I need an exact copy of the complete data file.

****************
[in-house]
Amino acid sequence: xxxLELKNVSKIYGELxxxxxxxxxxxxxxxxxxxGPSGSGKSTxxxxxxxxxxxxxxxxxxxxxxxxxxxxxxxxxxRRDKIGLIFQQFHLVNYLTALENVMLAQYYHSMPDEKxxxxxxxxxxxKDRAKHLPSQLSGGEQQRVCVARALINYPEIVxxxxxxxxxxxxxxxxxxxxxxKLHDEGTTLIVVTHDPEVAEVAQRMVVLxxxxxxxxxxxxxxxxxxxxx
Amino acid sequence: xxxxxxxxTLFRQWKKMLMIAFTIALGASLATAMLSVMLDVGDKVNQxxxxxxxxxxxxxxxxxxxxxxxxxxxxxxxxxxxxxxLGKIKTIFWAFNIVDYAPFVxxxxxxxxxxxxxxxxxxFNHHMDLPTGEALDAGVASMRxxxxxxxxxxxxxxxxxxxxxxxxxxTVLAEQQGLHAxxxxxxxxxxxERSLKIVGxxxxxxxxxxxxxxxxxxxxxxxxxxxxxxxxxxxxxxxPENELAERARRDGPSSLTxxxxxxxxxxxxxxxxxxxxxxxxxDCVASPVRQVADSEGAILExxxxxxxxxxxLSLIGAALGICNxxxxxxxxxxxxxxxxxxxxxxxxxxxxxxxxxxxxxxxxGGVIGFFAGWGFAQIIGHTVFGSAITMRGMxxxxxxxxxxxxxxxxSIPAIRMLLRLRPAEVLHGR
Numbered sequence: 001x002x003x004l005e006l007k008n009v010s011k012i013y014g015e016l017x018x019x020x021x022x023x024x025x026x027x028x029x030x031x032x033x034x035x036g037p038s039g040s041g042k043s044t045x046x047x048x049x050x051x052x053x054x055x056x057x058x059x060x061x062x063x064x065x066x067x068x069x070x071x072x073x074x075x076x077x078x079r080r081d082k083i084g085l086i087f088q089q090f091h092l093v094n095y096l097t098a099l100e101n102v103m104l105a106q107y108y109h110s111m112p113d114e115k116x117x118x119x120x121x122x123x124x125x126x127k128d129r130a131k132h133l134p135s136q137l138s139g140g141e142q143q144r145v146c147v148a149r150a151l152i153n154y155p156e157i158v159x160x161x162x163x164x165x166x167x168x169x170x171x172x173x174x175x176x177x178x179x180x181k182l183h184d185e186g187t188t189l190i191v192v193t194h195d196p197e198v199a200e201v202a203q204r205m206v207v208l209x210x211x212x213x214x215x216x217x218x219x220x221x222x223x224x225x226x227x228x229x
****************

[in-house]
Amino acid sequence: xxxLELKNVSKIYGELxxxxxxxxxxxxxxxxxxxGPSGSGKSTxxxxxxxxxxxxxxxxxxxxxxxxxxxxxxxxxxRRDKIGLIFQQFHLVNYLTALENVMLAQYYHSMPDEKxxxxxxxxxxxKDRAKHLPSQLSGGEQQRVCVARALINYPEIVxxxxxxxxxxxxxxxxxxxxxxKLHDEGTTLIVVTHDPEVAEVAQRMVVLxxxxxxxxxxxxxxxxxxxxx
Amino acid sequence: xxxxxxxxTLFRQWKKMLMIAFTIALGASLATAMLSVMLDVGDKVNQxxxxxxxxxxxxxxxxxxxxxxxxxxxxxxxxxxxxxxLGKIKTIFWAFNIVDYAPFVxxxxxxxxxxxxxxxxxxFNHHMDLPTGEALDAGVASMRxxxxxxxxxxxxxxxxxxxxxxxxxxTVLAEQQGLHAxxxxxxxxxxxERSLKIVGxxxxxxxxxxxxxxxxxxxxxxxxxxxxxxxxxxxxxxxPENELAERARRDGPSSLTxxxxxxxxxxxxxxxxxxxxxxxxxDCVASPVRQVADSEGAILExxxxxxxxxxxLSLIGAALGICNxxxxxxxxxxxxxxxxxxxxxxxxxxxxxxxxxxxxxxxxGGVIGFFAGWGFAQIIGHTVFGSAITMRGMxxxxxxxxxxxxxxxxSIPAIRMLLRLRPAEVLHGR
Numbered sequence: 001x002x003x004l005e006l007k008n009v010s011k012i013y014g015e016l017x018x019x020x021x022x023x024x025x026x027x028x029x030x031x032x033x034x035x036g037p038s039g040s041g042k043s044t045x046x047x048x049x050x051x052x053x054x055x056x057x058x059x060x061x062x063x064x065x066x067x068x069x070x071x072x073x074x075x076x077x078x079r080r081d082k083i084g085l086i087f088q089q090f091h092l093v094n095y096l097t098a099l100e101n102v103m104l105a106q107y108y109h110s111m112p113d114e115k116x117x118x119x120x121x122x123x124x125x126x127k128d129r130a131k132h133l134p135s136q137l138s139g140g141e142q143q144r145v146c147v148a149r150a151l152i153n154y155p156e157i158v159x160x161x162x163x164x165x166x167x168x169x170x171x172x173x174x175x176x177x178x179x180x181k182l183h184d185e186g187t188t189l190i191v192v193t194h195d196p197e198v199a200e201v202a203q204r205m206v207v208l209x210x211x212x213x214x215x216x217x218x219x220x221x222x223x224x225x226x227x228x229x